Actors in Spontaneous Reporting

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Chapter: Pharmacovigilance: Spontaneous Reporting in Germany

Spontaneous adverse drug reaction (ADR) reporting began in Germany in the first half of the 1960s.



In Germany, two national agencies are responsible for licensing and pharmacovigilance activities for human medicinal products: the Federal Institute for Drugs and Medical Devices (BfArM), dealing with all chemically defined medicinal products, herbal drugs and drugs used in complementary medicine, and the Paul-Ehrlich-Institute (PEI), dealing with medic-inal products containing active ingredients derived from blood, vaccines, drugs containing antibodies, devitalised tissue implants and innovative gene ther-apy products. In pharmacovigilance issues, they act on a nearly identical legal basis and have similar instruments for pharmacovigilance measures at their disposal.


Spontaneous adverse drug reaction (ADR) reporting began in Germany in the first half of the 1960s. At that time, no national drug safety agency had been established in the Federal Republic of Germany (West Germany) with an official mandate and sufficient expertise and resources to systematically collect and evaluate ADR reports. Since 1978, the responsibilities for collecting ADR reports have been clarified, and the actors now play different roles within the system.

A three-way reporting system is in place. Health-care professionals can report suspected cases of ADRs (1) directly to one of the two national agencies for human medicinal products, (2) to the Drug Commis-sion of the German Medical Association, mainly used by physicians and not by other healthcare profession-als, and (3) to the MAH of the medicinal product suspected to have caused the ADR. However, both national drug agencies are the final and only institu-tion where the ADR reports are collected in unique databases. Legal reporting requirements for the MAH and contractual rules between the national agencies and the Drug Commission of the Medical Association assure that all single case reports are stored in central databases, whichever reporting route is chosen by the individual reporter.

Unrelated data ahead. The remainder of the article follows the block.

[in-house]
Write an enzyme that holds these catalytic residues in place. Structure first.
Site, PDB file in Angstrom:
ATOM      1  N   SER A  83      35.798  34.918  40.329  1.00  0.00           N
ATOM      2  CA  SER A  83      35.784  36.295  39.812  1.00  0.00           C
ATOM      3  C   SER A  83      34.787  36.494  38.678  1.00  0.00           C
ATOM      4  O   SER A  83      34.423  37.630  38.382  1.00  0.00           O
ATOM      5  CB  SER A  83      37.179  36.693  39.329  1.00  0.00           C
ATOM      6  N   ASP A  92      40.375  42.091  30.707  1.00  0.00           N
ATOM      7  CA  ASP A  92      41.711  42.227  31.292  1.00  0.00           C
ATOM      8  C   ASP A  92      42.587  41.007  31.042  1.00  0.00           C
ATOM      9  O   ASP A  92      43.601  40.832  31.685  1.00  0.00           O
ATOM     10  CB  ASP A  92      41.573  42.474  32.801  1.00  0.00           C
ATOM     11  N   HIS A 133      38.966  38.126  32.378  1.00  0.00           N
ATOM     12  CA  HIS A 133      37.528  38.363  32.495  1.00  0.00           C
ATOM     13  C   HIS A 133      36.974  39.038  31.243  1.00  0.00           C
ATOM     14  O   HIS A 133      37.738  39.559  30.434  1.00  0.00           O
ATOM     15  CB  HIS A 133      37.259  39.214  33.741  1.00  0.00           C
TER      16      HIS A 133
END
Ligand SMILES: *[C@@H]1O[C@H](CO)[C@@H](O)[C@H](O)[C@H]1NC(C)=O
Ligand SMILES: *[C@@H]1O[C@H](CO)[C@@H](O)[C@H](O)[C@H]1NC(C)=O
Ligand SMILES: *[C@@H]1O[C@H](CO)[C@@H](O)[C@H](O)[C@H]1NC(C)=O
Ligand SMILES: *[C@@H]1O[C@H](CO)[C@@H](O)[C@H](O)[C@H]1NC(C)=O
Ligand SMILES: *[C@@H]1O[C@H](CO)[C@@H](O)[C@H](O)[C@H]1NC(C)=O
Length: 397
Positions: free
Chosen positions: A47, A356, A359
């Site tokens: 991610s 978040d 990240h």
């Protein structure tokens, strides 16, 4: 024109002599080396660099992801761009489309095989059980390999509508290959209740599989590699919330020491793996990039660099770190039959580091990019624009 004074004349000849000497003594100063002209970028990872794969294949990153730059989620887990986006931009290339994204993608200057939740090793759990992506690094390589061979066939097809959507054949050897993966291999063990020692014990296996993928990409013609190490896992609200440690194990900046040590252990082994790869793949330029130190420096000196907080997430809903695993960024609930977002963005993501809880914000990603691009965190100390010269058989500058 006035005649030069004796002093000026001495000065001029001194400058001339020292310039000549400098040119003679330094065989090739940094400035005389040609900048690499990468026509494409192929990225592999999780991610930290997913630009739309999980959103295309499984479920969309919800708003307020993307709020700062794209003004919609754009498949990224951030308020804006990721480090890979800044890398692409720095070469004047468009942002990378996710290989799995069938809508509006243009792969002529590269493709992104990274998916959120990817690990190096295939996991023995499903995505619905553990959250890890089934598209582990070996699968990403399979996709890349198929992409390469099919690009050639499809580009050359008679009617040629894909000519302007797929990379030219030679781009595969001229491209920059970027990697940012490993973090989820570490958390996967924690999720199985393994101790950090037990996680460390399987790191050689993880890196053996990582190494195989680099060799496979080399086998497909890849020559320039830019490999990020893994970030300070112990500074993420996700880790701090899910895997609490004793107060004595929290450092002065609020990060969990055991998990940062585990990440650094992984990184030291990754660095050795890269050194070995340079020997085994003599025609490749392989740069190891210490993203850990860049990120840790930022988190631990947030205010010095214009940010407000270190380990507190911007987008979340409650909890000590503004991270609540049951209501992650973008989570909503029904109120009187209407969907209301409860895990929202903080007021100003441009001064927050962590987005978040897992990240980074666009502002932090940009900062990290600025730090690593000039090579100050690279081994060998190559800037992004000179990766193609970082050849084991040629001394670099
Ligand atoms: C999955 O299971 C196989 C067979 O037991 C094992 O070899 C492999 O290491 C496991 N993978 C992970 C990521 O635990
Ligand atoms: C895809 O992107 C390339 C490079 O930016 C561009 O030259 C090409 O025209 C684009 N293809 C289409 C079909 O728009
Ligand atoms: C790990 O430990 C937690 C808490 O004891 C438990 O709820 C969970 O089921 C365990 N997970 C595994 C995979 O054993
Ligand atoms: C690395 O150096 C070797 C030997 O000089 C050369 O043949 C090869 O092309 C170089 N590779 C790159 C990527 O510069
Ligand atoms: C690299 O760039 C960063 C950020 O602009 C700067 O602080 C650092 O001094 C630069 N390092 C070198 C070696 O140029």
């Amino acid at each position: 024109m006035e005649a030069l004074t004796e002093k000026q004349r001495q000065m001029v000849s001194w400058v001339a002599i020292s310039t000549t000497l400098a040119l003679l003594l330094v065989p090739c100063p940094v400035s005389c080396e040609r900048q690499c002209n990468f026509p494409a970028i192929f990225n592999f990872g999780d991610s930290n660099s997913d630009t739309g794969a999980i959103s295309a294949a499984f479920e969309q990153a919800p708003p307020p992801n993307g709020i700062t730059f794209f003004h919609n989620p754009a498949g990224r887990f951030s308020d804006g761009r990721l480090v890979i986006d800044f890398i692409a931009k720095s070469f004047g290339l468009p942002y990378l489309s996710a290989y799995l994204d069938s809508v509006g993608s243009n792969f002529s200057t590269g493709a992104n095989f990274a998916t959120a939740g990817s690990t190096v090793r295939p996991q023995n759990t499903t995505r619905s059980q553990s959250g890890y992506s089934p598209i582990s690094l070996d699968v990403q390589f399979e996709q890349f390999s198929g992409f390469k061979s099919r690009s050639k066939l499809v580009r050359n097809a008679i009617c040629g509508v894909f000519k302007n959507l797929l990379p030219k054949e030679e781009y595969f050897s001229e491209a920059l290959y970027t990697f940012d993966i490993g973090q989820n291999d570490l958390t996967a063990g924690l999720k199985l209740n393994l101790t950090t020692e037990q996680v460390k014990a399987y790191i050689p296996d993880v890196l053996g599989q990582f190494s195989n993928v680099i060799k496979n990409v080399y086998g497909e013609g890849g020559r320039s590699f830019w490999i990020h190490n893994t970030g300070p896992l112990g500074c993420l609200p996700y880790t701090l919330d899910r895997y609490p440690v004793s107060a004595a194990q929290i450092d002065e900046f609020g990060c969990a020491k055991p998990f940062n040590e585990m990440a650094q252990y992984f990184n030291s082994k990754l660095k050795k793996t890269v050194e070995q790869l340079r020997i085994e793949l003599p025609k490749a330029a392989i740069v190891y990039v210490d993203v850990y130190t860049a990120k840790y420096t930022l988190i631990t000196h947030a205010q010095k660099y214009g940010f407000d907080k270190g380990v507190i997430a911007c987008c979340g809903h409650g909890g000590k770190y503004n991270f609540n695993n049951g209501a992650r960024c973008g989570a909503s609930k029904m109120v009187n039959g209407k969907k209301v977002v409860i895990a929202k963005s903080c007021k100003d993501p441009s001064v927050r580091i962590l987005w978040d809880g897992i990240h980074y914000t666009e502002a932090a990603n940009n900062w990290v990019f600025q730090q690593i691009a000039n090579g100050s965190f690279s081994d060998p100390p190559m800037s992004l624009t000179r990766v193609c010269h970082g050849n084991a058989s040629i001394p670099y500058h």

Historically, the Drug Commission of the German Medical Association began in 1963 with collecting spontaneous ADR reports. This was a consequence of the thalidomide disaster. The Drug Commission of the German Medical Association exclusively receives reports directly from physicians. They give quick confirmation of the receipt of the report and, if appro-priate, provide additional information to the reporter. The total number of reports received in this manner amounts to about 2000 per year.

The Drug Commission of the German Medical Asso-ciation of today is also an expert panel of experi-enced clinicians with a smaller core group handling the incoming reports and making preliminary case assess-ments with regard to seriousness, causality and report-ing quality. The Drug Commission of the German Medical Association is a close and regular partner of BfArM and PEI. Both national agencies consult the Drug Commission of the German Medical Associa-tion with regard to new or ongoing safety issues and ask for scientific advice. On the contrary, the Drug Commission of the German Medical Association has access to BfArM’s national ADR database and may publish statements based on data evaluation from this database in their own responsibility. There are contrac-tual and legal rules in place that regulate co-operation between the competent authorities and the Drug Commission of the German Medical Association.